Geoff Nicholson is a British satirist known for bringing an Evelyn Waugh-brand of dark wit to any subject matter, and his offbeat new book The Lost Art of Walking: The History, Science, Philosophy, and Literature of Pedestrianism, is no exception. After the jump Nicholson — a writer who composes most of his novels, including Bleeding London which was shortlisted for the 1997 Whitbread Prize, while wandering about town — takes us on a brief (but funny) stroll through the walking history of culture.
1. THE PERFORMANCE WALK The most extreme walker I know is Mudman, a persona of the artist Kim Jones. In order to become Mudman HE coats his body in mud, pulls a thick nylon stocking over his head, puts on a foam head dress and then straps a large lattice structure to his back, made of wooden slats, tree branches, wax, wire, tape, sponge and whatnot.
Mudman made his first appearances in and around Los Angeles in the mid ’70s but over the years he’s walked all over the world. Sometimes his own feces have been added to the mud, and in Rome he didn’t use mud at all, preferring yogurt and cottage cheese.
Mudman’s most famous art walk consisted of two twelve hour walks along the full length of LA’s Wilshire Boulevard, from downtown to the ocean in Santa Monica. Along the way he had the kind of encounters you might expect; a gas station attendant who wouldn’t let him use the bathroom, a cop who told him to keep moving and an old lady who asked him, “Does your mother know you’re doing this?”
2. WALKING MUSIC One of the greatest “stride” pianists is Fats Domino, a man who’s written at least three walking songs. The best known of them, called simply “I’m Walking” was, according to legend, written after his car broke down and a fan saw him making his way on foot to the nearest garage and yelled, “Look, it’s Fats Domino walking.” Fats went home and turned his misfortune into a song. I so want this story to be true.
3. CRIP WALKING Back in the day Crips gang members would make heel and toe or V-shaped movements with their feet to spell out letters and words on the ground, often after they’d committed a crime. One word they often spelled out was Blood, the name of their rivals, and then they’d “erase” the word by scrubbing their feet all over it.
This isn’t a walk that would get you from A to B, but it was certainly a walk that could get you into a lot of trouble if you did it in front of the wrong people: Crips believed it was for Crips only. But eventually it became mainstream. Ice-T Crip-walked on TV, and since then all and sundry have been at it. You can find tutorial videos on Youtube. A lot of dance moves have been added, and it’s now often known as Clown Walking. It’s also been said that it looks like hopscotch on crack.
4: THE FILMIC WALK Of course people in the movies walk all the time, but Wim Wenders’ Paris, Texas contains more memorable walking scenes than any movie I know. In the opening scene Harry Dean Stanton, playing the part of Travis, is seen walking through the bleak Texas desert, not on any recognizable track, coming from nowhere, going nowhere.
Later Travis is trying to escape from the brother who has come to rescue him, and he begins to walk along an endless, dead straight railroad track into an empty, pale blue, featureless, desert landscape. Then later still we see Travis trying to make amends to the son he abandoned four years earlier: the boy is now eight. Travis asks his brother’s maid how he should walk in order to look like a “rich father.” She tells him he must walk with his head up, his body stiff, and with dignity. We can see that Travis isn’t quite able to pull this off, but he and the maid are happy enough with the effect.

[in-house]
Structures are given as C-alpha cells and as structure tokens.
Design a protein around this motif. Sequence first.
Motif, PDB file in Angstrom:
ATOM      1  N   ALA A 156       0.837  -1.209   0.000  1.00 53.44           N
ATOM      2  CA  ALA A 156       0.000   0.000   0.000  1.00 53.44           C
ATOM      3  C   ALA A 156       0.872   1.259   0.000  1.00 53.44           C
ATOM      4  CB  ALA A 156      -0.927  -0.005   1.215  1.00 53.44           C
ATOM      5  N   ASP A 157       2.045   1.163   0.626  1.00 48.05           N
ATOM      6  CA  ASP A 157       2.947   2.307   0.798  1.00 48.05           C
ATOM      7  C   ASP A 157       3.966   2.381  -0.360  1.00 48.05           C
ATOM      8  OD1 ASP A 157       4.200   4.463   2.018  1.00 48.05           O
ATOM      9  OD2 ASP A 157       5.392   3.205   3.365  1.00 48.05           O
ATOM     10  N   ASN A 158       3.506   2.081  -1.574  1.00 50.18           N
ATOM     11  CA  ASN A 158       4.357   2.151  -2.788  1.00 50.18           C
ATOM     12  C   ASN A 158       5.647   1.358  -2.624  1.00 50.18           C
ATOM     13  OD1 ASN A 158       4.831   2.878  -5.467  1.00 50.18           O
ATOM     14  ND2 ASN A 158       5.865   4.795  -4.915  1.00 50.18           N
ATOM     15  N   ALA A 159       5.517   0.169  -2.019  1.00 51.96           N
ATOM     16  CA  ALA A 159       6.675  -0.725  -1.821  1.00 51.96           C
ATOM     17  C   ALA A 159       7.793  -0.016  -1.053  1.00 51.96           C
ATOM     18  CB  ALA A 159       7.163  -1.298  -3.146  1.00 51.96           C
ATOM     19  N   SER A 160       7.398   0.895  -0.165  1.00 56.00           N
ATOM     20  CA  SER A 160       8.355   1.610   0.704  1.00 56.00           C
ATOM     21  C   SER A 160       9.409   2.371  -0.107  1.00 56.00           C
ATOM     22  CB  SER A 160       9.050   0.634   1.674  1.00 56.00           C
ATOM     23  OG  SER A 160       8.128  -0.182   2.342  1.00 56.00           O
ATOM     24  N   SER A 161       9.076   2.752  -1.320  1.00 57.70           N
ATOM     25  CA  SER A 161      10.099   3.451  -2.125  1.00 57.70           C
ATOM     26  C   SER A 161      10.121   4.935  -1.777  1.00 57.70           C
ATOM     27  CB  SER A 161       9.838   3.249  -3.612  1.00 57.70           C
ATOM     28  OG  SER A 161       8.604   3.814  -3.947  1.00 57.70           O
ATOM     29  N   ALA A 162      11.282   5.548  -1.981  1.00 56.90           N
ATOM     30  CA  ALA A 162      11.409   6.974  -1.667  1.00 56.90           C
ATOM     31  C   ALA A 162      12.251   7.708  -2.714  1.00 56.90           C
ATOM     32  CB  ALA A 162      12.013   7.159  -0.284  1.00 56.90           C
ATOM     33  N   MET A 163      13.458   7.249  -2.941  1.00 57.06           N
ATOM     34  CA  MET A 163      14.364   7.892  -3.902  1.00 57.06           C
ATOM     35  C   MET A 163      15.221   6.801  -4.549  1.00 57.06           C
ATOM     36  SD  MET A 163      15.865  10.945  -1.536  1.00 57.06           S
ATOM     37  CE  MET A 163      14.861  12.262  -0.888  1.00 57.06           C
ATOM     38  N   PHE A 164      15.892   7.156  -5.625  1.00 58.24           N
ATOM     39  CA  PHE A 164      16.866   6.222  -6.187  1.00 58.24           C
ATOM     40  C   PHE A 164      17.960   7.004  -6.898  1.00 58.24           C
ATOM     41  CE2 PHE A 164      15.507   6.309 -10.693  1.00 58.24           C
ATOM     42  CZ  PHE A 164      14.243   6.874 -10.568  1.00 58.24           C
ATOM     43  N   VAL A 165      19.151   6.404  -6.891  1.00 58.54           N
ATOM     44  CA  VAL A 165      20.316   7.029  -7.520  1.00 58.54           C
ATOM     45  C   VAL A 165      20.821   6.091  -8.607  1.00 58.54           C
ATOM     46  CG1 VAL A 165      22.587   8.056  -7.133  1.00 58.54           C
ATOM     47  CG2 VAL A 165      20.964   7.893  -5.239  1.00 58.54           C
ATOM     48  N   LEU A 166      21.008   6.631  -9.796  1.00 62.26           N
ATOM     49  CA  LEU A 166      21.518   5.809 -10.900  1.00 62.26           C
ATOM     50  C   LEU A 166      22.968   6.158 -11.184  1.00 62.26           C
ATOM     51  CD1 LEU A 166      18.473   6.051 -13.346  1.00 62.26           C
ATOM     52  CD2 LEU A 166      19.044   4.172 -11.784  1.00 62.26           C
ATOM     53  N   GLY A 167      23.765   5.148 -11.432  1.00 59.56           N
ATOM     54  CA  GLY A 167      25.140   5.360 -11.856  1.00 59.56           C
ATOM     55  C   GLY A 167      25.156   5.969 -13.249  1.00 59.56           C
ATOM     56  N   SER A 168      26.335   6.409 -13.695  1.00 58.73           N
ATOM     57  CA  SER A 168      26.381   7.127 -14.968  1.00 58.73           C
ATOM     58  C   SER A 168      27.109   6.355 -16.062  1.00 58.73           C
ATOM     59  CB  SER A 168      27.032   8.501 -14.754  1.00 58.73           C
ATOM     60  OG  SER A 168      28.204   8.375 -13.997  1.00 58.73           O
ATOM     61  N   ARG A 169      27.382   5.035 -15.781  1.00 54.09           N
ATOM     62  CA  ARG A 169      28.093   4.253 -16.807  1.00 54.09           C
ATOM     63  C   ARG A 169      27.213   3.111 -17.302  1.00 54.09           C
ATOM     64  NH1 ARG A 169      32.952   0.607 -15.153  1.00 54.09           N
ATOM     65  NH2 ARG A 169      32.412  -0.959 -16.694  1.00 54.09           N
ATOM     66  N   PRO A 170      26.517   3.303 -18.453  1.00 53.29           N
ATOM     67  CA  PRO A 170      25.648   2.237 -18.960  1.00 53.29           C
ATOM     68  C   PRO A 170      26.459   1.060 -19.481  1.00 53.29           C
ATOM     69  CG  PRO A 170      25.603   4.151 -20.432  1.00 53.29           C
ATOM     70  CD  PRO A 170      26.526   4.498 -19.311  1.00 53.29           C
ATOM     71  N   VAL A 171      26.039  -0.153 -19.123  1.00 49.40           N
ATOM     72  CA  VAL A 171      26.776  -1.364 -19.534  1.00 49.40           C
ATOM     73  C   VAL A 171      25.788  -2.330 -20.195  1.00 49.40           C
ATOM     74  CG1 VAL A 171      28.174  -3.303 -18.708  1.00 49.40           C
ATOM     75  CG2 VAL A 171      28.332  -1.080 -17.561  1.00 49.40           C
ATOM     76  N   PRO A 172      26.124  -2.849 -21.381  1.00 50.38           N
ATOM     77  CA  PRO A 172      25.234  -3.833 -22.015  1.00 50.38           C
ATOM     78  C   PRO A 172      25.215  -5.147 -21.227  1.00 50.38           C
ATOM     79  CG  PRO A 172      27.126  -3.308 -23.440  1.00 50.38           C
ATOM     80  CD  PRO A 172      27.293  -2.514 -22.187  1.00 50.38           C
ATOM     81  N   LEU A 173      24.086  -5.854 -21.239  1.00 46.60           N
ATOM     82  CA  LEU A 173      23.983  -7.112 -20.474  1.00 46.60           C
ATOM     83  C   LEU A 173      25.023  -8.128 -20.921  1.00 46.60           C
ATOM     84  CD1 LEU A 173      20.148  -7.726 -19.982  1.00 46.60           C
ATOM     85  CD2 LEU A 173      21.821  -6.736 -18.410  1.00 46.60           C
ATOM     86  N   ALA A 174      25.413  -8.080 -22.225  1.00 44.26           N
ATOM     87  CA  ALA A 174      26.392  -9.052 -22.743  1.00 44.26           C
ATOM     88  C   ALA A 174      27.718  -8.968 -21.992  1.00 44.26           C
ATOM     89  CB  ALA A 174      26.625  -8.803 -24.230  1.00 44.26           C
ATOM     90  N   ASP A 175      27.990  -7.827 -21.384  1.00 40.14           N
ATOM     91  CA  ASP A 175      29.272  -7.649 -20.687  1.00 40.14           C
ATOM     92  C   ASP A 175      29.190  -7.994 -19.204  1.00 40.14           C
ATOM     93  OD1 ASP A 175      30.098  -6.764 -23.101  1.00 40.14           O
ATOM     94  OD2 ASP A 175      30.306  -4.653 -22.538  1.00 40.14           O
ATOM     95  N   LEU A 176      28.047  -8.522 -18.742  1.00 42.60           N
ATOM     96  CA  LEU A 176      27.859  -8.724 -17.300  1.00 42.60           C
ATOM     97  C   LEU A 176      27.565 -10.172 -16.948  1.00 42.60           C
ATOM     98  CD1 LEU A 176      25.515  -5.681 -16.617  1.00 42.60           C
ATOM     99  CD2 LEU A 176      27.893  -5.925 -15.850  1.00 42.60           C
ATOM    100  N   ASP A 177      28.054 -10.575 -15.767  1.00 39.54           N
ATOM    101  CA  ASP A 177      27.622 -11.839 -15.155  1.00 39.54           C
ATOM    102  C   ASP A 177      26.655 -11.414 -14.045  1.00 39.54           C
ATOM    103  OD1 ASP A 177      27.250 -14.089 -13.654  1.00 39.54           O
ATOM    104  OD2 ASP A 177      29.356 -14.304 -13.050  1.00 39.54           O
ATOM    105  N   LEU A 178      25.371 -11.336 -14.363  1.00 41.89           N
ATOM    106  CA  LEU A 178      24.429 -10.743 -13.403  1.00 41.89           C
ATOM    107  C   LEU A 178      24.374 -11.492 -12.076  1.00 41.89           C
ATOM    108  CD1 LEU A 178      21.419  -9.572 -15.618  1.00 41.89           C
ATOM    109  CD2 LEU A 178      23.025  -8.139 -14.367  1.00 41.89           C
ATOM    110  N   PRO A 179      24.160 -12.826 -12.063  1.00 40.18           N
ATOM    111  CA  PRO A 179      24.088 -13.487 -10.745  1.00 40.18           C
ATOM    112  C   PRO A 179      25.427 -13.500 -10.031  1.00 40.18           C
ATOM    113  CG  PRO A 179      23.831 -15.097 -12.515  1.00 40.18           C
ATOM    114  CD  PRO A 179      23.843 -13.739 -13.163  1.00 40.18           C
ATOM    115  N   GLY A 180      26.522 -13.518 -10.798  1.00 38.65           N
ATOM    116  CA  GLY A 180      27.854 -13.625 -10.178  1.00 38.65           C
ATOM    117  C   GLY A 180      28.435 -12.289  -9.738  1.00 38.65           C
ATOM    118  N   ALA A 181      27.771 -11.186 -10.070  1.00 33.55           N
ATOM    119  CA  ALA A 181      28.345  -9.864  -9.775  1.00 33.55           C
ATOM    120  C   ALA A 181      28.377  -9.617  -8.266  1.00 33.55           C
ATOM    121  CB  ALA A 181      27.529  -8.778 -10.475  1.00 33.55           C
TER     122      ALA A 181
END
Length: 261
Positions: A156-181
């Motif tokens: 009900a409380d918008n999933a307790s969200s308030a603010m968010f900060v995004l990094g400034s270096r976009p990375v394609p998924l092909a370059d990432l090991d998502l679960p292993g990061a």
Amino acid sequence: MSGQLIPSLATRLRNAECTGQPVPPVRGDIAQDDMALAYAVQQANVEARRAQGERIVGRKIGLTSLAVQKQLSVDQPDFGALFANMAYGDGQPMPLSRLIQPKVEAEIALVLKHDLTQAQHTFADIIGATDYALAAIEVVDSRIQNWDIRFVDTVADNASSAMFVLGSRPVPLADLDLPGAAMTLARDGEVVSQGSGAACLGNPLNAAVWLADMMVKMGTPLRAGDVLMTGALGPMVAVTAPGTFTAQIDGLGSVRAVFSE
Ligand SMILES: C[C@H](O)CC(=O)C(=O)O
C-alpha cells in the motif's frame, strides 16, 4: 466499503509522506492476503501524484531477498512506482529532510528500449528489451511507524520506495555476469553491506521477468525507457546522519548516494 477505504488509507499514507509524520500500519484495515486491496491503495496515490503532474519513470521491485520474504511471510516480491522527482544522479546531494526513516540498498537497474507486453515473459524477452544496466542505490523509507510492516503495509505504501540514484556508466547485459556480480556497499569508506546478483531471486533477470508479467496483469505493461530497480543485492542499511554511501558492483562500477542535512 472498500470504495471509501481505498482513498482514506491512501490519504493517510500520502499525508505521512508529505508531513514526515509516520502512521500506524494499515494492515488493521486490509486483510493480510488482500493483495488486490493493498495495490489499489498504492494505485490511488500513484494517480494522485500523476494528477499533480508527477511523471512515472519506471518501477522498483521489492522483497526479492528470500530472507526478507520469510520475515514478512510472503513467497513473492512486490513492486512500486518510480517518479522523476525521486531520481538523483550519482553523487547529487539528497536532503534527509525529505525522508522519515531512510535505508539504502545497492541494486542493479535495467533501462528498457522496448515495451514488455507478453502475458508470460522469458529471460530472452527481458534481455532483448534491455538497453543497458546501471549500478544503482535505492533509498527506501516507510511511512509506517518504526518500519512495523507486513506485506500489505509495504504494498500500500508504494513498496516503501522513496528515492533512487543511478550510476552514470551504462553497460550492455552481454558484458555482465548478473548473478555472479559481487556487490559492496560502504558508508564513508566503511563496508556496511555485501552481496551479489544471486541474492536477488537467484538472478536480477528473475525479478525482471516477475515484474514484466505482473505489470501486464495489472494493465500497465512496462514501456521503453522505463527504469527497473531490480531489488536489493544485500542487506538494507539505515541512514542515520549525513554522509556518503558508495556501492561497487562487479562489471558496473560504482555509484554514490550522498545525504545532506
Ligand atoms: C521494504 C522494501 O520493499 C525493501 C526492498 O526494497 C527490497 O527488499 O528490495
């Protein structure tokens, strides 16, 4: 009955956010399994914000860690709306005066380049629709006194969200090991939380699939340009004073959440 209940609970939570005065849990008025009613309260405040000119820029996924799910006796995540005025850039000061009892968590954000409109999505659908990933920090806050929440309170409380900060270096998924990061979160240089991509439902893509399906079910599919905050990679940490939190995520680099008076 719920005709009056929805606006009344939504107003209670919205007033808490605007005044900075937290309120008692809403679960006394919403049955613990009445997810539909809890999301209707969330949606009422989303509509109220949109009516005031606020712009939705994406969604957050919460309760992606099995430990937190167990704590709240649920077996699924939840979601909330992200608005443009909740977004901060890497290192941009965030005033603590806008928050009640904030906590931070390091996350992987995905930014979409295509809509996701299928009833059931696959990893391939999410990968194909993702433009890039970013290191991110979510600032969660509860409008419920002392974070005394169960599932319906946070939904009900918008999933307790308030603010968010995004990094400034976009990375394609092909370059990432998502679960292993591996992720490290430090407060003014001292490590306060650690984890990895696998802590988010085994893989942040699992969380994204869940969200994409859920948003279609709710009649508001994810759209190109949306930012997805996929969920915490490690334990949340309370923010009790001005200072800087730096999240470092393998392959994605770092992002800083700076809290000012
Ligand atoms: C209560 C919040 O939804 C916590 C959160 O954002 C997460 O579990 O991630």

There are other walking scenes but in the end it turns into a road movie. Travis buys a cool Ford Ranchero, and father and son drive off in search of Mom, played by Nastassja Kinski. I’d have preferred it if they’d gone on foot.
5. THE REVOLUTIONARY WALK The Long March remains one of the great national myths of China. Mao Zedung declared “The Long March is the first of its kind. It is a manifesto, a propaganda force, a seeding machine.” Well, only up to a point.
In 1934/5 as 90,000 Red Army troops retreated from Jiangxi to Shanxi province, dwindling by ninety per cent along the way, Mao was one of only two people who did no marching, or walking, whatsoever. (The other was Otto Braun, a Prussian adviser, and an ideological opponent of Mao.) According to Dick Wilson’s The Long March, “He (Mao) would never march, and either rode a horse along the route or else, if it were a long stretch, would be carried on a wooden litter by four carriers.”
Now, that is just no way to start a revolution.
6. THE WALKING PHOTOGRAPHY It was Eadweard Muybridge at the end of the 19th century, with his “motion studies” and his battery of linked cameras, who made the first photographic investigation of human walking. The results reveal the magical nature of something we take for granted and the revelation is all the greater because the people in the photographs are often completely naked.
Some of the most striking Muybridge images show a naked walking man who from the neck up looks like an ancient patriarch, with wild white hair and beard. From the neck down, however, he looks like a much younger man, with a strong muscular body, and in some of them he’s displaying extremely large testicles. The model is Muybridge himself.
Erwin Faber, who worked with Muybridge, reported that he looked so much like Santa Claus that when he went walking, children would often stop him in the street asking for presents.